CMMC Practice AC.2.013

Monitor and control remote access sessions.


CMMC Version 1.02, pg. 62

Bold Coast Security Guidance

There's a lot packed into this one simple sentence! Since you are going to be making a remote connection to the network, you must use a trusted device that has the organizational controls for patching, anti-malware, etc. You should deploy a VPN solution which verifies the security controls before allowing the connection, or check for out of date workstations on a regular basis. It is recommended that you only permit company owned assets from making VPN connections, and not personal devices where it is more difficult to maintain and verify the security controls. You may instead utilize a remote access session via a screen sharing application, such as Citrix, in which there is no direct access from the host computer. Don't forget to get management approval for remote access, too. This could be a blanket statement covering a departement, group of users, or may be added/denied per user. You must also monitor all VPN connections, so be sure your VPN logs all successful and failed login attempts. You may have the system alert you when failed logins are detected. You should also have an IDS/IPS (Intrusion detection/prevention system) in place to monitor for malicious attempts. Don't forget to deploy multi-factor authentication for all remote access methods. It's not explicit in this Practice, but is a "must have" and will come up later on. Finally, to measure this effectiveness of your ability to monitor and control VPN connections, we suggest a monthly report of successful VPN connections, to ensure it is still needed and in use, and a count of failed login attempts. These should both be a relatively steady numbers; a sharp increase in either may indicate an attempt to breach your VPN. You can also monitor geolocation attempts. Most VPN connections will occur from employee homes, and an attempted connection from outside the United States should be investigated.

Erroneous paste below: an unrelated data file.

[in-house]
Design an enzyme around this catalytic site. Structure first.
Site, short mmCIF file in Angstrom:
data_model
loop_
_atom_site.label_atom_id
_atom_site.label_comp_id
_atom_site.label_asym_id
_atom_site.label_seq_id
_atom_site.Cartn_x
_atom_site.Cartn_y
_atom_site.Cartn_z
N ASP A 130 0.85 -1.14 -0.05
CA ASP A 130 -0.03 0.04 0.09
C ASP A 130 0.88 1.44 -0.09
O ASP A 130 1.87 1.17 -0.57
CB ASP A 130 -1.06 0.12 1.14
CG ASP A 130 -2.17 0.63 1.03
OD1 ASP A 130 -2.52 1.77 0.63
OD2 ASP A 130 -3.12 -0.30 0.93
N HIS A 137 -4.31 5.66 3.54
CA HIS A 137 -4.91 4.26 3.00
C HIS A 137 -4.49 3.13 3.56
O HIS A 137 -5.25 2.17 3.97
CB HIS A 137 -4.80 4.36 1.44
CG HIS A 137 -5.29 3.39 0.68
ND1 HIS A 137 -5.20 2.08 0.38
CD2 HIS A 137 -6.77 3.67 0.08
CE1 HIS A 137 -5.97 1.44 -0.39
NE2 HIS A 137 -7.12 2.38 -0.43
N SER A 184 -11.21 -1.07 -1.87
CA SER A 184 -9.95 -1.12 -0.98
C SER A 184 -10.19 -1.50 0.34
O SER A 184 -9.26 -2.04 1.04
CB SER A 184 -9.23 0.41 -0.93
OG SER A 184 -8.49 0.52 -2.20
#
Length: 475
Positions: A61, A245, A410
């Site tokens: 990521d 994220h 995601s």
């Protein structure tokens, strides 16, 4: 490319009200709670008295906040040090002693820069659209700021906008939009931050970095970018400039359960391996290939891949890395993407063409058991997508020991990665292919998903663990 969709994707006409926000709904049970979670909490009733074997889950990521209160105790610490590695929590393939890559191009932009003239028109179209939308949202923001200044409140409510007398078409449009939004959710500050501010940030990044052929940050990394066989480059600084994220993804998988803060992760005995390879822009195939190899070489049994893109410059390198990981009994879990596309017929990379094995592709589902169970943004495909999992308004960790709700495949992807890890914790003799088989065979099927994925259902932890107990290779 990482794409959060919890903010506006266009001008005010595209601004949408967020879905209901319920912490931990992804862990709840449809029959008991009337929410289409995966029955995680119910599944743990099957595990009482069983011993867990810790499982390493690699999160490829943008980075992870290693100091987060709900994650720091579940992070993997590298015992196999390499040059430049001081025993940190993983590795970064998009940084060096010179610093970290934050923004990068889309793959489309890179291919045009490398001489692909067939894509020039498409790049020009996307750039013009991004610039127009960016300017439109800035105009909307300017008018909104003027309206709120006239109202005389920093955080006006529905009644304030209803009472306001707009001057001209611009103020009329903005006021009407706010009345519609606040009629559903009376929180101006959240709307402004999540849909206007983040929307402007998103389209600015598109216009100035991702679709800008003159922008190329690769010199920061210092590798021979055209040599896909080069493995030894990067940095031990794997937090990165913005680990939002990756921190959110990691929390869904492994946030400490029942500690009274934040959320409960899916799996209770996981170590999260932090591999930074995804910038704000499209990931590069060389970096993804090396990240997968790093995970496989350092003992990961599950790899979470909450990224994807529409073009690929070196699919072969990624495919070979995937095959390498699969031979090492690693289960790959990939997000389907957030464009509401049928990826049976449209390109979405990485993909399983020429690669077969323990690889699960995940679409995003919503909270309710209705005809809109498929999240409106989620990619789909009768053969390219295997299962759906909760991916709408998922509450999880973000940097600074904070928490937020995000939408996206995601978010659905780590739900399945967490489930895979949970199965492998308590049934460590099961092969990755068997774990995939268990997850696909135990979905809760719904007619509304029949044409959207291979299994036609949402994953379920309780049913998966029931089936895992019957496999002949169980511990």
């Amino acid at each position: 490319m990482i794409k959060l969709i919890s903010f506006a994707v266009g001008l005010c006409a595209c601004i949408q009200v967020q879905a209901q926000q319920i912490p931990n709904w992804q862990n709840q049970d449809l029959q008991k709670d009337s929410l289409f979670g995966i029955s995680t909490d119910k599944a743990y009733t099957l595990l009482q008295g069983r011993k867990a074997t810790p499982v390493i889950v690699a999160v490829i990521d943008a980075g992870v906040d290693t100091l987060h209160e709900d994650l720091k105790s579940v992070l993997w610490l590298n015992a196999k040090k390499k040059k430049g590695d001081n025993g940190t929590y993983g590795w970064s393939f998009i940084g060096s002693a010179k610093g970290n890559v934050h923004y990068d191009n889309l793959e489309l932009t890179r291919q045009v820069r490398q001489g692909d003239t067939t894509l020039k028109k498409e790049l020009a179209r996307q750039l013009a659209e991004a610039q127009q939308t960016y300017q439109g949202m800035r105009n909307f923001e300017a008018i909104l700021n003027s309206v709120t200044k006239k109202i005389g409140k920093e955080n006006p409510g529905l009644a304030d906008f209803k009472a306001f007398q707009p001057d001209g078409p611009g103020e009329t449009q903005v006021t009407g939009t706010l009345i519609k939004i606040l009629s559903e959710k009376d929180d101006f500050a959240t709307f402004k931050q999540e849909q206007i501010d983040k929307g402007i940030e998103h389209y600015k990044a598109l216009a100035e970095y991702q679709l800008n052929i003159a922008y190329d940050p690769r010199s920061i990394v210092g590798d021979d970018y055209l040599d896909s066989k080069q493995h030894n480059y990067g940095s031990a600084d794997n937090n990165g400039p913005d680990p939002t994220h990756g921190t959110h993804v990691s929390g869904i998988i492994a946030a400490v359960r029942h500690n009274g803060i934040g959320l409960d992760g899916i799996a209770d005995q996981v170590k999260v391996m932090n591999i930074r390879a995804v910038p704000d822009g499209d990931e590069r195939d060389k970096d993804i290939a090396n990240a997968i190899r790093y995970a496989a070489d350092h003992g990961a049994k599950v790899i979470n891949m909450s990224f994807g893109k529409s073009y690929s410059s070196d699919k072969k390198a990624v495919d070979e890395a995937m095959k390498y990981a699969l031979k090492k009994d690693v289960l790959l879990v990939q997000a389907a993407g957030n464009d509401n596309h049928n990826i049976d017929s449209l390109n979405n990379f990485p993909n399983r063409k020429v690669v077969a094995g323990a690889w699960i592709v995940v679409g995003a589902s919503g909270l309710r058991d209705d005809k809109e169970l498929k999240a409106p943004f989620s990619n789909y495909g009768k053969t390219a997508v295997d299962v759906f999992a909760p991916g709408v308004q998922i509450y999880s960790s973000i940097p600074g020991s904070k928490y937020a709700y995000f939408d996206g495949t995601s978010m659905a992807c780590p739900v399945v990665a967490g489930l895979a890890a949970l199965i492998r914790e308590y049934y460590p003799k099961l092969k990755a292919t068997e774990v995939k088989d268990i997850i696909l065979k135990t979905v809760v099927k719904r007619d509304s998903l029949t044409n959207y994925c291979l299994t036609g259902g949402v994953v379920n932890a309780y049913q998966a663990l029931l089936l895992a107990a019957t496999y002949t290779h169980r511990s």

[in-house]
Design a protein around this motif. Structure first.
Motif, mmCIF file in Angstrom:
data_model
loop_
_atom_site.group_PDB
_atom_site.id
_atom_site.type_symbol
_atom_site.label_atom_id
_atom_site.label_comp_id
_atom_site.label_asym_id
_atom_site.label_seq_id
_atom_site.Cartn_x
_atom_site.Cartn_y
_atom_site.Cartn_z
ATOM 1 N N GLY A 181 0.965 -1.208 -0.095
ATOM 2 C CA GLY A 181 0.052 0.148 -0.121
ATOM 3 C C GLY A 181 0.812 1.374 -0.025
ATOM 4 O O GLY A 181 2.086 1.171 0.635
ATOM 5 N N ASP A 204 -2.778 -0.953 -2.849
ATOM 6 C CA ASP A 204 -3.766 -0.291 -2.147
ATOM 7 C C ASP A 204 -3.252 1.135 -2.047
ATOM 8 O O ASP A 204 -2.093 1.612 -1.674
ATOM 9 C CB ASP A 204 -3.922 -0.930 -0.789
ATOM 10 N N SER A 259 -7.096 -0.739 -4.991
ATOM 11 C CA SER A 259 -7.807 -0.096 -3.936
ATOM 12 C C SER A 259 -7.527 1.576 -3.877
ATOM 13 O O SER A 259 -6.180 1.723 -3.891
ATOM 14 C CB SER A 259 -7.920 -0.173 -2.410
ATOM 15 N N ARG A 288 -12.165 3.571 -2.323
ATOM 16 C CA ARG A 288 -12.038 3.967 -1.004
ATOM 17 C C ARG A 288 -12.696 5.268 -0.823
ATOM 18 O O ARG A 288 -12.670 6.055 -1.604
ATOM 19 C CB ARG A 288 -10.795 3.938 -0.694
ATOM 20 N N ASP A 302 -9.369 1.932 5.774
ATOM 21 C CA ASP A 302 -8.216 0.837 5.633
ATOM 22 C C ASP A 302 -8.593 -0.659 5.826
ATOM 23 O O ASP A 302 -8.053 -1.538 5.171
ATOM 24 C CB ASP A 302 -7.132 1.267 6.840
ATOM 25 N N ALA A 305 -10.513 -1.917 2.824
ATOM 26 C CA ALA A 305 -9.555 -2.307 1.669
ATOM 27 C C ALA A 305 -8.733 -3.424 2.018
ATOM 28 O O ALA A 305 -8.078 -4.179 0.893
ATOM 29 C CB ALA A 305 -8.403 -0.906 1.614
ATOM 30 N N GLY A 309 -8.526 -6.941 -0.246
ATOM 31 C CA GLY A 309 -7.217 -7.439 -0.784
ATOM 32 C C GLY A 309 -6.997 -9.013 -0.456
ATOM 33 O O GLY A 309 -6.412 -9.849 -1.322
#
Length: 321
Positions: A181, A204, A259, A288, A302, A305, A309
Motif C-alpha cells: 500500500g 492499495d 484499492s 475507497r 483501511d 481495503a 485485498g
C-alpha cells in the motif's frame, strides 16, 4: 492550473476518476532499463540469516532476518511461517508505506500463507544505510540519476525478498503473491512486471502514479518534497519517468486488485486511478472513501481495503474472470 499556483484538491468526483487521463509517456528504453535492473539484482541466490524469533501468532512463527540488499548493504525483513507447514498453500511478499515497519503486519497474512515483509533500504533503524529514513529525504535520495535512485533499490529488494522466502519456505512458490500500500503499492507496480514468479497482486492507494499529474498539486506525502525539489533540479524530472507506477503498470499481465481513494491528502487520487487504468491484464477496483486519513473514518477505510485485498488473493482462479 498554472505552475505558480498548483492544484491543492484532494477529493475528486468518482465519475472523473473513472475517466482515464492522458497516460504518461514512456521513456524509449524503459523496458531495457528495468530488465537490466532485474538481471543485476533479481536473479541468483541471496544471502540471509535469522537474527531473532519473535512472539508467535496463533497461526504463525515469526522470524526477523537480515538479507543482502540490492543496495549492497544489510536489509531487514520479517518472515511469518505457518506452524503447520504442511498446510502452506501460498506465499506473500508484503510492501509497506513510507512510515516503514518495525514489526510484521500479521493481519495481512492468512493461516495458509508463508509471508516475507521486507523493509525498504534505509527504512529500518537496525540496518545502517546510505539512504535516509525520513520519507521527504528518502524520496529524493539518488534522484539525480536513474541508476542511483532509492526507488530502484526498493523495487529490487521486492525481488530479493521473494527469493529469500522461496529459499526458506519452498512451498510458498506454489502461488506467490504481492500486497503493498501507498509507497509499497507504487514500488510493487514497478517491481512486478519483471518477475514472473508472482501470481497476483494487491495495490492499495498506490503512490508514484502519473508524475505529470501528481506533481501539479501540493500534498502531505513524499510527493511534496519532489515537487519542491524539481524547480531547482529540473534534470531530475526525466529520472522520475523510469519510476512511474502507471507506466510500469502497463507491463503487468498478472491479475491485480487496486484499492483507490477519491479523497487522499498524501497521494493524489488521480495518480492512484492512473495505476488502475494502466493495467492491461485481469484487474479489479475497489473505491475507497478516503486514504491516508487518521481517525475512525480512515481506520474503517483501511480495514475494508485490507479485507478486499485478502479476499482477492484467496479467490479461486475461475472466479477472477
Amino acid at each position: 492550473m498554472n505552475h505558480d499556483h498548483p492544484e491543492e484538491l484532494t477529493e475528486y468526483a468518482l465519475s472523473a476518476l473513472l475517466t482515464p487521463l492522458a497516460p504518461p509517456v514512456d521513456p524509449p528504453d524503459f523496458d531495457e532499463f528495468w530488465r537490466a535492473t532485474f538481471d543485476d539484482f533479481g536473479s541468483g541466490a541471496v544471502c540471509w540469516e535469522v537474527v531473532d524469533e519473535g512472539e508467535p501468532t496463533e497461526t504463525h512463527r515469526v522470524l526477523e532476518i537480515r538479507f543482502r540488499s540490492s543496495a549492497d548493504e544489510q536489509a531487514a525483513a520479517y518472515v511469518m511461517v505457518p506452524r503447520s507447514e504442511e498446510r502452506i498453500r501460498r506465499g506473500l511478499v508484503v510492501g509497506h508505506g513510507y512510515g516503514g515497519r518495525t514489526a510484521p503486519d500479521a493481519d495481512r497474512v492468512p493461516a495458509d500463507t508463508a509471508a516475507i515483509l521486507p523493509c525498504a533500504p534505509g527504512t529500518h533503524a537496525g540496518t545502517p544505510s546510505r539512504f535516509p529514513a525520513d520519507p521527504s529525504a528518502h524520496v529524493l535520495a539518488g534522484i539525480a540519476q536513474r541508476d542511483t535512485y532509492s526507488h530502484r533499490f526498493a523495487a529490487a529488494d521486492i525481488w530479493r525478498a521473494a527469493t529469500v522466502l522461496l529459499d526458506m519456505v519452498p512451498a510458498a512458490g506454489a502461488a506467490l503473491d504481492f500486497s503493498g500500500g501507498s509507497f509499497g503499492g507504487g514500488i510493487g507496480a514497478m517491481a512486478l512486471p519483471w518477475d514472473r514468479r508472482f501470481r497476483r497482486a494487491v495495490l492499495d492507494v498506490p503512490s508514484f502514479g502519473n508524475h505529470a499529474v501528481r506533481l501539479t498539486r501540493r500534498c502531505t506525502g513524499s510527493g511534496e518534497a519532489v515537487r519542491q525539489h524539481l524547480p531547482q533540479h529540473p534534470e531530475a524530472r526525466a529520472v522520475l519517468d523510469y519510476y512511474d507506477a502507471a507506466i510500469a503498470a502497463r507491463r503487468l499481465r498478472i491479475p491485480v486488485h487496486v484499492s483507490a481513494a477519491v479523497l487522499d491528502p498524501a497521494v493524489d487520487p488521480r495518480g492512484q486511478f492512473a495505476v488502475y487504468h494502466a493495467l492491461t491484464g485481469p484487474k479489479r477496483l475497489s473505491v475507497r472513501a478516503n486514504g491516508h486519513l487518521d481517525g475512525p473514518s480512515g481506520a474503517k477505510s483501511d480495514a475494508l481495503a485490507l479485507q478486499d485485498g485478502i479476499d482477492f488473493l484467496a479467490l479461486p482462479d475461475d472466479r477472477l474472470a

Discussion From Source

DRAFT NIST SP 800-171 R2 Remote access is access to organizational systems by users (or processes acting on behalf of users) communicating through external networks (e.g., the Internet). Remote access methods include dial-up, broadband, and wireless. Organizations often employ encrypted virtual private networks (VPNs) to enhance confidentiality over remote connections. The use of encrypted VPNs do es not make the access non-remote; however, the use of VPNs, when adequately provisioned with appropriate control (e.g., employing encryption techniques for confidentiality protection), may provide sufficient assurance to the organization that it can effectively treat such connections as internal networks. VPNs with encrypted tunnels can affect the capability to adequately monitor network communications traffic for malicious code. Automated monitoring and control of remote access sessions allows organizations to detect cyber-attacks and help to ensure ongoing compliance with remote access policies by auditing connection activities of remote users on a variety of system components (e.g., servers, workstations, notebook computers, smart phones, and tablets). NIST SP 800-46, SP 800-77, and SP 800-113 provide guidance on secure remote access and virtual private networks.